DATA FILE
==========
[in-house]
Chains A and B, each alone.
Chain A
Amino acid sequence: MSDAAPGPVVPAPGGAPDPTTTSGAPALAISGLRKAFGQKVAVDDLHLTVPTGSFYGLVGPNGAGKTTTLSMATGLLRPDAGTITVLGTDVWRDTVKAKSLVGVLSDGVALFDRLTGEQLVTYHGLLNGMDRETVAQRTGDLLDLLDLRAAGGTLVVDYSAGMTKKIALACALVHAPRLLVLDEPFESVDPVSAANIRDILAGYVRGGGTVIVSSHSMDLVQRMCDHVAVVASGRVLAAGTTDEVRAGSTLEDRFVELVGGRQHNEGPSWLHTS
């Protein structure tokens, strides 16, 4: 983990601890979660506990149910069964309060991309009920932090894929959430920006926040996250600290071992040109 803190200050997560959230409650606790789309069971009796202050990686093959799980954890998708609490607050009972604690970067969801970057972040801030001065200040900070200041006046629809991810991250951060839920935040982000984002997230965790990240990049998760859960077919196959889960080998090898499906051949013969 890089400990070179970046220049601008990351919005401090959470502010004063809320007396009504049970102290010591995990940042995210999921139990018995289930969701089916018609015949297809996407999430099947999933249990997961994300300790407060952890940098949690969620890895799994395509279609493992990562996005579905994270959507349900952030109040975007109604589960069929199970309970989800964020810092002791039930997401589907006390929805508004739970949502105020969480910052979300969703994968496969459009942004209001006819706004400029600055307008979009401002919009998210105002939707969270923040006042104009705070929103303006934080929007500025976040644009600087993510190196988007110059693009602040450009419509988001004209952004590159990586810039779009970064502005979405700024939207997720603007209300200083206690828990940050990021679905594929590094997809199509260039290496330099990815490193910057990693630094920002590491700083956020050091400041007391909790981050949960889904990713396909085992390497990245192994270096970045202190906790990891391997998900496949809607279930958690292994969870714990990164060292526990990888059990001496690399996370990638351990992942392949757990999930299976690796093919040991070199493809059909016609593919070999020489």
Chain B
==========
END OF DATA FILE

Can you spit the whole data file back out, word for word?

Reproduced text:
[in-house]
Chains A and B, each alone.
Chain A
Amino acid sequence: MSDAAPGPVVPAPGGAPDPTTTSGAPALAISGLRKAFGQKVAVDDLHLTVPTGSFYGLVGPNGAGKTTTLSMATGLLRPDAGTITVLGTDVWRDTVKAKSLVGVLSDGVALFDRLTGEQLVTYHGLLNGMDRETVAQRTGDLLDLLDLRAAGGTLVVDYSAGMTKKIALACALVHAPRLLVLDEPFESVDPVSAANIRDILAGYVRGGGTVIVSSHSMDLVQRMCDHVAVVASGRVLAAGTTDEVRAGSTLEDRFVELVGGRQHNEGPSWLHTS
């Protein structure tokens, strides 16, 4: 983990601890979660506990149910069964309060991309009920932090894929959430920006926040996250600290071992040109 803190200050997560959230409650606790789309069971009796202050990686093959799980954890998708609490607050009972604690970067969801970057972040801030001065200040900070200041006046629809991810991250951060839920935040982000984002997230965790990240990049998760859960077919196959889960080998090898499906051949013969 890089400990070179970046220049601008990351919005401090959470502010004063809320007396009504049970102290010591995990940042995210999921139990018995289930969701089916018609015949297809996407999430099947999933249990997961994300300790407060952890940098949690969620890895799994395509279609493992990562996005579905994270959507349900952030109040975007109604589960069929199970309970989800964020810092002791039930997401589907006390929805508004739970949502105020969480910052979300969703994968496969459009942004209001006819706004400029600055307008979009401002919009998210105002939707969270923040006042104009705070929103303006934080929007500025976040644009600087993510190196988007110059693009602040450009419509988001004209952004590159990586810039779009970064502005979405700024939207997720603007209300200083206690828990940050990021679905594929590094997809199509260039290496330099990815490193910057990693630094920002590491700083956020050091400041007391909790981050949960889904990713396909085992390497990245192994270096970045202190906790990891391997998900496949809607279930958690292994969870714990990164060292526990990888059990001496690399996370990638351990992942392949757990999930299976690796093919040991070199493809059909016609593919070999020489």
Chain B